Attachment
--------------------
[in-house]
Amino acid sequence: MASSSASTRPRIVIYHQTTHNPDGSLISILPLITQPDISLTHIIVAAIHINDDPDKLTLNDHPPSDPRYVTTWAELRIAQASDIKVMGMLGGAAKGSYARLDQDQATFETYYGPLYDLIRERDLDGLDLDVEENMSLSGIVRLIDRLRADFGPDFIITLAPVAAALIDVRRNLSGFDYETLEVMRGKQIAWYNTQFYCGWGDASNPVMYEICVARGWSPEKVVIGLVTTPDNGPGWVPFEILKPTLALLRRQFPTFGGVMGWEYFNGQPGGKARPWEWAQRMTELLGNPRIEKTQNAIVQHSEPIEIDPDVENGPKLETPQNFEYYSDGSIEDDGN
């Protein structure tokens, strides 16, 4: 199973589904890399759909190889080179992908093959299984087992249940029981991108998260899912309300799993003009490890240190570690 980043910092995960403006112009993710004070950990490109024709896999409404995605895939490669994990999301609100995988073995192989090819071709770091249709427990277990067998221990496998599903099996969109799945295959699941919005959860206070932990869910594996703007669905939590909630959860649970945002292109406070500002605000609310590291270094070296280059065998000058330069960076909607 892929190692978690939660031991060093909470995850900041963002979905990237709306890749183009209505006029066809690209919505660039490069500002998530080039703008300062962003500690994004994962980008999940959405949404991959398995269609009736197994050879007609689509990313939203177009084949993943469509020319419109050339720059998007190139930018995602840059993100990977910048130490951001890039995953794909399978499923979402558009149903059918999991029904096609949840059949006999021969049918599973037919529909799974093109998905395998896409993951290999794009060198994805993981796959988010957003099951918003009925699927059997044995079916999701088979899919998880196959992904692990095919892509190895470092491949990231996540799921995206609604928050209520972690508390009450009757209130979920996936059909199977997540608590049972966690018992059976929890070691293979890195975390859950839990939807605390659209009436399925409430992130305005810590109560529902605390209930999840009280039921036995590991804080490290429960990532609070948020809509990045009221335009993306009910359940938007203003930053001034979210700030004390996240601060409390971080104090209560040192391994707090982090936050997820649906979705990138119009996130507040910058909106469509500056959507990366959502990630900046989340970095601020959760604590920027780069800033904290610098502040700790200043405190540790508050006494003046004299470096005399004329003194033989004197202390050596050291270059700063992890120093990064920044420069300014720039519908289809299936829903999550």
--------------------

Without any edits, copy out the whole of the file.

[in-house]
Amino acid sequence: MASSSASTRPRIVIYHQTTHNPDGSLISILPLITQPDISLTHIIVAAIHINDDPDKLTLNDHPPSDPRYVTTWAELRIAQASDIKVMGMLGGAAKGSYARLDQDQATFETYYGPLYDLIRERDLDGLDLDVEENMSLSGIVRLIDRLRADFGPDFIITLAPVAAALIDVRRNLSGFDYETLEVMRGKQIAWYNTQFYCGWGDASNPVMYEICVARGWSPEKVVIGLVTTPDNGPGWVPFEILKPTLALLRRQFPTFGGVMGWEYFNGQPGGKARPWEWAQRMTELLGNPRIEKTQNAIVQHSEPIEIDPDVENGPKLETPQNFEYYSDGSIEDDGN
């Protein structure tokens, strides 16, 4: 199973589904890399759909190889080179992908093959299984087992249940029981991108998260899912309300799993003009490890240190570690 980043910092995960403006112009993710004070950990490109024709896999409404995605895939490669994990999301609100995988073995192989090819071709770091249709427990277990067998221990496998599903099996969109799945295959699941919005959860206070932990869910594996703007669905939590909630959860649970945002292109406070500002605000609310590291270094070296280059065998000058330069960076909607 892929190692978690939660031991060093909470995850900041963002979905990237709306890749183009209505006029066809690209919505660039490069500002998530080039703008300062962003500690994004994962980008999940959405949404991959398995269609009736197994050879007609689509990313939203177009084949993943469509020319419109050339720059998007190139930018995602840059993100990977910048130490951001890039995953794909399978499923979402558009149903059918999991029904096609949840059949006999021969049918599973037919529909799974093109998905395998896409993951290999794009060198994805993981796959988010957003099951918003009925699927059997044995079916999701088979899919998880196959992904692990095919892509190895470092491949990231996540799921995206609604928050209520972690508390009450009757209130979920996936059909199977997540608590049972966690018992059976929890070691293979890195975390859950839990939807605390659209009436399925409430992130305005810590109560529902605390209930999840009280039921036995590991804080490290429960990532609070948020809509990045009221335009993306009910359940938007203003930053001034979210700030004390996240601060409390971080104090209560040192391994707090982090936050997820649906979705990138119009996130507040910058909106469509500056959507990366959502990630900046989340970095601020959760604590920027780069800033904290610098502040700790200043405190540790508050006494003046004299470096005399004329003194033989004197202390050596050291270059700063992890120093990064920044420069300014720039519908289809299936829903999550």